How Any 13 Year Old Kid Can Become A Millionaire
At the age of just 13, Dominic McVey exploded into the public’s consciousness when he started importing collapsible scooters from the USA, making him a reported £5 million. Now 19, McVey has sought to find other lucrative niches in the market, with varying success. Here the outspoken entrepreneur talks about his astonishing rise, his views on UK business and his plans for the future.
How did you first come up with the idea for importing the scooters?
I had been looking round the internet and was looking for the credit card website Visa, but I spelt it wrong – Viza, and I came across this website which was manufacturing scooters and I really wanted one. But I couldn’t afford one, and neither could my parents, so I emailed them and said “I think you should send me a scooter, I would sell loads over here.”
They said no, but if you buy five, we’ll give you one free. So as I really wanted one for free, I saved up to buy five, which I did by organising under-18s discos, buying stocks and shares and selling mini disc players in Japan.
So I got five over, and got one for free, which I was really happy with, but then I thought I should sell the other five, which I did within a week, to family and friends. The next week I sold 10, and it just went on from there.
I never really saw the potential until the product landed on my doorstep, and I guess I had to move on it. A lot of people say it was luck, but if you look at football teams they can score a goal one week, but they are not going to score goals every week if they’re bottom of the Premier League.
I looked at in a very childish and naïve way, which is probably the best way to do so at the time because you weren’t bombarded with stress and issues and problems.
I was very, very competitive. I guess I was very mouthy about other products out there, but all the others out there were crap and expensive. The press really liked me and everyone liked the product, so that really helped.
You’re quoted as saying you weren’t very keen on the scooters, but you saw the business potential in selling them, which must be quite unusual for someone quite young?
After a week, I guess I was bored of the product. What really shone to me was that I could see everyone in London going to work on one, everyone needs one in the boot of the car if they got stuck in traffic, I really drove that message home.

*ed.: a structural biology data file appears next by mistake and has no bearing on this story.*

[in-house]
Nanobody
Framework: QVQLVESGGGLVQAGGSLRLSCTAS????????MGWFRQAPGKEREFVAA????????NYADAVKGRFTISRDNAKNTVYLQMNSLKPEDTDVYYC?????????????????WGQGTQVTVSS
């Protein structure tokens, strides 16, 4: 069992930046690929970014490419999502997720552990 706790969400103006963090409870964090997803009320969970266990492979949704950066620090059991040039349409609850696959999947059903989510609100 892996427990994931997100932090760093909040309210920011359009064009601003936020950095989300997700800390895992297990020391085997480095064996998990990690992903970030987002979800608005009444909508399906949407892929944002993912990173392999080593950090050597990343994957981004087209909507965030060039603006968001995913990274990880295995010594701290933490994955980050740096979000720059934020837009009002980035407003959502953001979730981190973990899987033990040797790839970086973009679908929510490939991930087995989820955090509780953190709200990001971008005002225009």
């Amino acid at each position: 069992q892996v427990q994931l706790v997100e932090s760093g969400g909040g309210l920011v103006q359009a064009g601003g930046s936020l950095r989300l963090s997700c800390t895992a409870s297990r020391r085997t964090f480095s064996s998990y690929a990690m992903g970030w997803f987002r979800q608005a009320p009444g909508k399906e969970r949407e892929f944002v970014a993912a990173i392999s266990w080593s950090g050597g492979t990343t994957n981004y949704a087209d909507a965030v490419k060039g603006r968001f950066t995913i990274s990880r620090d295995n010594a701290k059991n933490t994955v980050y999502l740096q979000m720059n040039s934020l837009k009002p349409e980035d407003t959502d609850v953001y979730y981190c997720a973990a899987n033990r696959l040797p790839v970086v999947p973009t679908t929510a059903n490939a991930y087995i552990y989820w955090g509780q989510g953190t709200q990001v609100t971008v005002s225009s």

I used to go up to Liverpool Street station and get chased around by the security for handing out flyers, I’d shoot of on my scooter in my lunch break from school. I sold to a lot of city executives as toys, but people began to commute on them, which caused a bit of a fuss with road safety people.
Did you find your age was a problem in terms of being taken seriously?
I blagged it a lot – a lot of the business I did was over the phone or on the internet. I was very good with computers at the time and had friends who were great with IT, so I had great presentations.
Whenever I did meet companies, even if I thought I couldn’t get any business out of them, I asked them a million and one questions about how they did business. They loved telling me because they felt like the other brother telling the kid what to do.
The added advantage is that the money you make is in a sense all yours, because you don’t have a mortgage or bills, all I was paying for was the internet and my mobile phone.
So you overcome the age gap with technology?
Yes, everything was done from my bed!
You didn’t go on to university – do you feel there is too much to pressure for young people to do that rather than start up a business?
It’s all wrong. The only reason that the government are pressuring people to go to university is because of the banks. Banks make more money from student loans and overdraft than anything else.
The banks tell the government they will not employ anyone without a degree, the banks being the biggest employers in the UK, the government reacts to this.
A lot more people should be encouraged to take their own steps in life and encouraged to go into apprenticeships and traded skills. There is a huge skills shortage, especially women.
Do you think there’s enough support for young people who want to start up their own business?
I think there’s a huge lack of support. What I’ve noticed about young people trying to get into business is that they aren’t really my cup of tea.
There are very few young people who are trying to start up a business and there doesn’t seem to be enough of the right sort of people. Back in the 40s, 50s, 60s, they would’ve been working on market stalls, that to me is the tight kind of entrepreneur, ducking and diving, trying to make his money to get into the bigger picture.
But a lot of the new breed of young entrepreneurs they don’t have to seem to have this streak in them, they seem very middle to upper class, parent may have a lot of money and not much to do with it.
What more could the government do to help young entrepreneurs?
There’s far too much red tape, there’s nowhere for people to go. I went down Walthamstow High Road the other day and I went into a local frame store, which is opposite Waltham Forest Town Hall.
I said to him, “you’ve only been here six months, how’s it going? Are the council helping a lot?” He said, “What? I only hear from the council when they want their fees paid.”
I said, “is there no forums, no networking groups, no grants, helping you out?” He said he wouldn’t even know where to call and they probably don’t know he exists. It’s the same for everything in this whole street, which is a nice street and is beginning to buzz a bit.